Resumption of Chest Compressions Following Successful Defibrillation and Risk for Recurrence of Ventricular Fibrillation in Out-Of-Hospital Cardiac Arrest
Background—Prior investigation of out-of-hospital cardiac arrest (OHCA) has raised the concern that ventricular fibrillation (VF) recurrence may be triggered by chest compression (CC) resumption. We investigated predictors of VF recurrence after defibrillation, including timing of CC resumption.
Methods and Results—Patients with witnessed OHCA and initial rhythm of VF from an Utstein-style database were analyzed. For each shock that defibrillated VF, CC resumption and VF recurrence times were determined. Shocks were classified according to post-shock rhythm. Factors (age, gender, time from dispatch to monitor/defibrillator application, and CC resumption) that could predict VF recurrence were analyzed. CC resumption was categorized into groups: CC1: 1-5 sec, CC2:6-10 sec, CC3: 11-30 sec, and CC4: >30 sec. 88 subjects were analyzed, with a total of 285 shocks, with 226 shocks that achieved asystole (N=102), organized rhythm (OR) (N=120) or monomorphic ventricular tachycardia (N=4). Following a successful shock, CC resumption occurred at a median [interquartile range] = 8 [5, 18] sec. VF recurred after 166 shocks (74%), and recurred within 30 sec in 69 shocks. There was no significant relationship between VF recurrence and factors analyzed including CC resumption time, nor stratified by post-shock rhythm. The hazard ratios for VF recurrence within 30 sec for later CC groups (CC2, CC3 and CC4) relative to early CC resumption (CC1) were: HR(CC2)=1.05 (p=0.9), HR(CC3)=1.75 (p=0.1), HR(CC4)=0.67 (p=0.4).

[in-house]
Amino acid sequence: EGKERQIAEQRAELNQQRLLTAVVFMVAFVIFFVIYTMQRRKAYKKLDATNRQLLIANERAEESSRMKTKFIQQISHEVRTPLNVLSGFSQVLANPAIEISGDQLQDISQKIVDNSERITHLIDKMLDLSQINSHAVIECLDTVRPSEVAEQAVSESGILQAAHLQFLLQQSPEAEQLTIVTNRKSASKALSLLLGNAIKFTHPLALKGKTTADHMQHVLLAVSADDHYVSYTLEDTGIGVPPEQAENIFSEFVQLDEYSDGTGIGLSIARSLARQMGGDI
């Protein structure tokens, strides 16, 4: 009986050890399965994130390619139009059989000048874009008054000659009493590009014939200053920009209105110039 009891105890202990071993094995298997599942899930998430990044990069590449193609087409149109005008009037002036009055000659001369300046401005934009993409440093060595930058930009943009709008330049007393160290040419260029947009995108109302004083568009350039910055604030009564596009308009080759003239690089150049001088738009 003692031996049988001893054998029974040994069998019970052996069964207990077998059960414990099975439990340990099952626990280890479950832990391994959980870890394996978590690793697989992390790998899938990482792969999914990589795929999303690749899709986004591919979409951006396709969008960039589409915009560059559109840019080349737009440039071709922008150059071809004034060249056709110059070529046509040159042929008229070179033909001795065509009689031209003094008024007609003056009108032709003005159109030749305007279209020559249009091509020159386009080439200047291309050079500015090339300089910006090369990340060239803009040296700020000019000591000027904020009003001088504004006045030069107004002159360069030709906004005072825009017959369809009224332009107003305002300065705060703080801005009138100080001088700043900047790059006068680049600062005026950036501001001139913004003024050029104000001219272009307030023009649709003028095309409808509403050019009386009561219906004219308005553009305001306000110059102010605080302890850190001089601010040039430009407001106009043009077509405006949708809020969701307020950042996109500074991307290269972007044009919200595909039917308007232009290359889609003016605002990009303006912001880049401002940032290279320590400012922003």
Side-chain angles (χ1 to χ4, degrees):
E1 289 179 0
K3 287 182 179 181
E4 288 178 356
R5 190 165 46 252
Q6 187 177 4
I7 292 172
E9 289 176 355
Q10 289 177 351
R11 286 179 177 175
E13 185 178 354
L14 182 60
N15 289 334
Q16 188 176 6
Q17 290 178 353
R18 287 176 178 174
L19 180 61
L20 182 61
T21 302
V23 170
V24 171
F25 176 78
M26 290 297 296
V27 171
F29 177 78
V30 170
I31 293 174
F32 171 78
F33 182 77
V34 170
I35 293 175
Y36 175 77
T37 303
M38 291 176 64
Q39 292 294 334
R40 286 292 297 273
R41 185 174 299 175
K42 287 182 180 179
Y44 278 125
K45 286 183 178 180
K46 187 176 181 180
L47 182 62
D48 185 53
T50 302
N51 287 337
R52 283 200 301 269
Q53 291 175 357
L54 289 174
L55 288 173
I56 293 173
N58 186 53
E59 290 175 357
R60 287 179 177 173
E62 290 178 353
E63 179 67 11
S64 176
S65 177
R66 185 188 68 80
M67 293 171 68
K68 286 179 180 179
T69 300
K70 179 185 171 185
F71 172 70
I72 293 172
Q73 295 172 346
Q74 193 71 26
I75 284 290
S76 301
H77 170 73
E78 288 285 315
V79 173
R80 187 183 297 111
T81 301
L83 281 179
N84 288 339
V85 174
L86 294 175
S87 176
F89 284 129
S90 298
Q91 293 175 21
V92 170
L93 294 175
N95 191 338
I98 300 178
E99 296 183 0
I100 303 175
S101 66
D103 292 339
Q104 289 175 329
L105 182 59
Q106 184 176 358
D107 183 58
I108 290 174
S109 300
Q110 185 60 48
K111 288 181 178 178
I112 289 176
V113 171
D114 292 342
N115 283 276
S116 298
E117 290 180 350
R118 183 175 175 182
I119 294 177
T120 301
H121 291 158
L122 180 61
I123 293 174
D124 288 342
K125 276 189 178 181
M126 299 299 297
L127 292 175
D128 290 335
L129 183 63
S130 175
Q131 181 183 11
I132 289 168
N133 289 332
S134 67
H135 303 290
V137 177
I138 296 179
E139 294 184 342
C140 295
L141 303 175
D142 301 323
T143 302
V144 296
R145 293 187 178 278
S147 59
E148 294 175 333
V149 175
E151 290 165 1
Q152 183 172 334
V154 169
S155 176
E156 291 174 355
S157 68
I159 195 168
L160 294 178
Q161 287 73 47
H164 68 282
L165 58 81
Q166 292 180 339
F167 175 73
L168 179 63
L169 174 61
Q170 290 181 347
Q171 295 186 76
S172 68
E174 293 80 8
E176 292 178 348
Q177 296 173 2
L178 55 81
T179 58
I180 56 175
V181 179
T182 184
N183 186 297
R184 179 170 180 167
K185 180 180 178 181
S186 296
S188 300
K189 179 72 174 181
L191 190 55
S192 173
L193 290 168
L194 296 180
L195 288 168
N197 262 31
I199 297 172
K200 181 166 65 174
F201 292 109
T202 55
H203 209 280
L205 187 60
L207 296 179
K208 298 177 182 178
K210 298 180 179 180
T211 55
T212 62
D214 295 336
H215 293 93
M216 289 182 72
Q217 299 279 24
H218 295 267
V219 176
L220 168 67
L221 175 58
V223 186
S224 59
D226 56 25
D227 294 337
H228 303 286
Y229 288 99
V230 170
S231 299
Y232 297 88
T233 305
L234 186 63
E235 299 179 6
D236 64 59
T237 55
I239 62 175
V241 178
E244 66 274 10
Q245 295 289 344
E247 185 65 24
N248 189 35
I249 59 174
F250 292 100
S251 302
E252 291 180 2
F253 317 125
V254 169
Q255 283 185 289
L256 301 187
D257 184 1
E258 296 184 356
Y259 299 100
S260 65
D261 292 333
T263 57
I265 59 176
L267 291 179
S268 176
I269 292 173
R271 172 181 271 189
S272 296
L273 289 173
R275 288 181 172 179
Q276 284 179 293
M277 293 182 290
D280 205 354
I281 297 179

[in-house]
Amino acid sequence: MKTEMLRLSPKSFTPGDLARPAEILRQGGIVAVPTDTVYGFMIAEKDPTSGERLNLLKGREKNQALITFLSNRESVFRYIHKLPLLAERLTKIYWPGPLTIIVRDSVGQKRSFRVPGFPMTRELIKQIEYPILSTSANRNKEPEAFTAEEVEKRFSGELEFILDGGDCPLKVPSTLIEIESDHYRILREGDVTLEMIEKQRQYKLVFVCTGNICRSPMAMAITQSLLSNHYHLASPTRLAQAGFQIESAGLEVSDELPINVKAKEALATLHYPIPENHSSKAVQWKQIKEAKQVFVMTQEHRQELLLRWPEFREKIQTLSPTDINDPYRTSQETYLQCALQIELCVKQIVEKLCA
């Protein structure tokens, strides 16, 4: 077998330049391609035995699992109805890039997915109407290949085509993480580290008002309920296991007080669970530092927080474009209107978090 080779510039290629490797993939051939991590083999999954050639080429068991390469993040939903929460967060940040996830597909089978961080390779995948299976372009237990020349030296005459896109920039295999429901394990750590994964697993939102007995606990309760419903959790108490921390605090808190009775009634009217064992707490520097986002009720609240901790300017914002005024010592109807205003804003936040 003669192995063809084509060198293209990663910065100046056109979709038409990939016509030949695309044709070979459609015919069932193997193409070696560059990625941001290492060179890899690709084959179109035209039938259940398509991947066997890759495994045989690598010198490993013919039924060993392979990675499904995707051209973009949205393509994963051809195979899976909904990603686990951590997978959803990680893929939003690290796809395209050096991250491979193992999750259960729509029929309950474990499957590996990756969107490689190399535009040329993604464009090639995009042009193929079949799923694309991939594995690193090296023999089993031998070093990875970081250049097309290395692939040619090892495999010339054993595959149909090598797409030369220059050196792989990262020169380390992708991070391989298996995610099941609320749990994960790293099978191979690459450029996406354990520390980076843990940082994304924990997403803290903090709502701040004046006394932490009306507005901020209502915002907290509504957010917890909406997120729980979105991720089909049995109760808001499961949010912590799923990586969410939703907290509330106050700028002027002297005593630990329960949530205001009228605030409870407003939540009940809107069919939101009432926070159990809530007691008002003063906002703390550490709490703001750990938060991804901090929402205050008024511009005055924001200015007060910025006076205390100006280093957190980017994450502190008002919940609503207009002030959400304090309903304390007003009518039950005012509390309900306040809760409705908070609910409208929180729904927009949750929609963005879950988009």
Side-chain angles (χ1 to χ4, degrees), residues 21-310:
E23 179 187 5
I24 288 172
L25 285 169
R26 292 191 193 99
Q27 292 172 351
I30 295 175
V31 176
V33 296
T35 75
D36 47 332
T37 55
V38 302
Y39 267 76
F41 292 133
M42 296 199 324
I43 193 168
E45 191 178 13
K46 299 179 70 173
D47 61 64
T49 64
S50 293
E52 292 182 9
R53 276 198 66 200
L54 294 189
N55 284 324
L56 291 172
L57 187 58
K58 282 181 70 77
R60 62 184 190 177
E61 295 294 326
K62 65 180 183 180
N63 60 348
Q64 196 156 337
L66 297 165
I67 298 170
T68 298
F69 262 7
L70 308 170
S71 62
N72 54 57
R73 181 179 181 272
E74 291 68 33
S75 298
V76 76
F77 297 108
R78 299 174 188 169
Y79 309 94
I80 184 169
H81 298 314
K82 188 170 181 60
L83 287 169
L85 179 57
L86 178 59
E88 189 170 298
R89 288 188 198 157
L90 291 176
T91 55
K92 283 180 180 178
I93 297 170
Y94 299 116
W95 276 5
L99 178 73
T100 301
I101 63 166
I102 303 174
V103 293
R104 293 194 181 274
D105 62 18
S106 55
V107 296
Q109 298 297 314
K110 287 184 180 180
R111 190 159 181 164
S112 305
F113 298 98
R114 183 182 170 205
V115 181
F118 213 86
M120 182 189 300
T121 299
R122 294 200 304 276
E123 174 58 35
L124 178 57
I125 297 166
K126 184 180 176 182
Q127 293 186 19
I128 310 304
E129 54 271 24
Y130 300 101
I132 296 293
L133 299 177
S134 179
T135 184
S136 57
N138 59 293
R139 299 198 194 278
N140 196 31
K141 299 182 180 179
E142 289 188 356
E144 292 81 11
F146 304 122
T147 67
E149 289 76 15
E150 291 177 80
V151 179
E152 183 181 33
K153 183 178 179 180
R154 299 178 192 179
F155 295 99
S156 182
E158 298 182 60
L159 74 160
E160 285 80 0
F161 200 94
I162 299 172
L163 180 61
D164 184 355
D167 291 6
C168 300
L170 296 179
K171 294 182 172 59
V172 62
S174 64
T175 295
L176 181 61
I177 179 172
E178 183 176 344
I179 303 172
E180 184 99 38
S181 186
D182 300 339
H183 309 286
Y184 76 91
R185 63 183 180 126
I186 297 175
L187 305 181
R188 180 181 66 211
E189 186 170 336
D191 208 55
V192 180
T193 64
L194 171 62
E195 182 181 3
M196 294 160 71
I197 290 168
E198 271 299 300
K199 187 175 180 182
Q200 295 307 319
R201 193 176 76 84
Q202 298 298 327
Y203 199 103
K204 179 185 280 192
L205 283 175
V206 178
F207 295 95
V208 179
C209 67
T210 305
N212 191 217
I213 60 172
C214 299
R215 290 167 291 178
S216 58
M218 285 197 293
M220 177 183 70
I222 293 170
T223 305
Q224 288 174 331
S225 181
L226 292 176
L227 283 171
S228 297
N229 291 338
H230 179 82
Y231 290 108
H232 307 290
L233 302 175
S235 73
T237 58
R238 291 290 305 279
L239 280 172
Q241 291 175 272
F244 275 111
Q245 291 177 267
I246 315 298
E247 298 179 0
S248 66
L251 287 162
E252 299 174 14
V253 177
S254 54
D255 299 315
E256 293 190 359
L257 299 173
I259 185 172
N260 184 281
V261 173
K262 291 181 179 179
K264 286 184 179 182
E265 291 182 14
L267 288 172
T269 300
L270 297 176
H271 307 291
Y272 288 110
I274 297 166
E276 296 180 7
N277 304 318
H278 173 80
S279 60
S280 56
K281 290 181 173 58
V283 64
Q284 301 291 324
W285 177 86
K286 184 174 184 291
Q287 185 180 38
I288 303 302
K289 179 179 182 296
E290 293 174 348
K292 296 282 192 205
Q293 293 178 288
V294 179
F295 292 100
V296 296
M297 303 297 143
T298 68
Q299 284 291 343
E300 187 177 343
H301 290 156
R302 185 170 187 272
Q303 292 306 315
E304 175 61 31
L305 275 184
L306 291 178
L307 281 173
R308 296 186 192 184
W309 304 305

Conclusions—VF recurrence within 30 sec of a defibrillatory shock was not dependent upon timing of CC resumption in patients with witnessed arrest and initial rhythm of VF.
- Received January 27, 2014.
- Revision received May 19, 2014.
- Accepted June 2, 2014.